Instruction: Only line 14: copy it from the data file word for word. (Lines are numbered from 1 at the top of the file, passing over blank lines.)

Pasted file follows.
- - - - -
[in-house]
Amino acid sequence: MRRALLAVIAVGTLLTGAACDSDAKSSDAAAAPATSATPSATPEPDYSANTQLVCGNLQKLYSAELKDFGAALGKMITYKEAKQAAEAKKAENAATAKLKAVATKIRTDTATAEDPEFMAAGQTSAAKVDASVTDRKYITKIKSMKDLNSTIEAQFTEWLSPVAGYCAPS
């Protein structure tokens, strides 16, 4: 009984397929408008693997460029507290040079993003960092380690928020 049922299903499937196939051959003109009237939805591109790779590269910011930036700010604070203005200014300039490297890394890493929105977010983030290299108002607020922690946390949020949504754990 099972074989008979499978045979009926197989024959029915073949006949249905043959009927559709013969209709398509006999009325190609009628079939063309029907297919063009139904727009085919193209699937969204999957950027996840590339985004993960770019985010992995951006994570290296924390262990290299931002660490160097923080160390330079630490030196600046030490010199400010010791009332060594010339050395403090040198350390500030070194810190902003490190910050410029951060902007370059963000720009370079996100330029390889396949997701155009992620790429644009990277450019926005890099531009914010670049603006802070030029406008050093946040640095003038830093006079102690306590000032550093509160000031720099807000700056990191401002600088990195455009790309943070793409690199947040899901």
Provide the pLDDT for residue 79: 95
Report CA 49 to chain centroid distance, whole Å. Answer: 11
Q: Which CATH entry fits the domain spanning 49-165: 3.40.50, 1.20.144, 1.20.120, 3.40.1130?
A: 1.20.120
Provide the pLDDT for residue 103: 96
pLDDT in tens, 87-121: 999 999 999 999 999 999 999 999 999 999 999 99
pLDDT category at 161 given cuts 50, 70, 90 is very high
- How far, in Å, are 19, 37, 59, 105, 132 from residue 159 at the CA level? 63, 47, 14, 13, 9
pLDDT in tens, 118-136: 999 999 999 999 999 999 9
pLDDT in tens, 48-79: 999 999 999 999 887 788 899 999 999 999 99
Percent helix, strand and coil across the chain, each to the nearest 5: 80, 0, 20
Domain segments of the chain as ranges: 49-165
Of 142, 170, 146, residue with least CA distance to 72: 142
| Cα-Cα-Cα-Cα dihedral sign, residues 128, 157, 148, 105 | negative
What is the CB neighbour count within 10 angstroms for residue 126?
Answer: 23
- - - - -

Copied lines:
Percent helix, strand and coil across the chain, each to the nearest 5: 80, 0, 20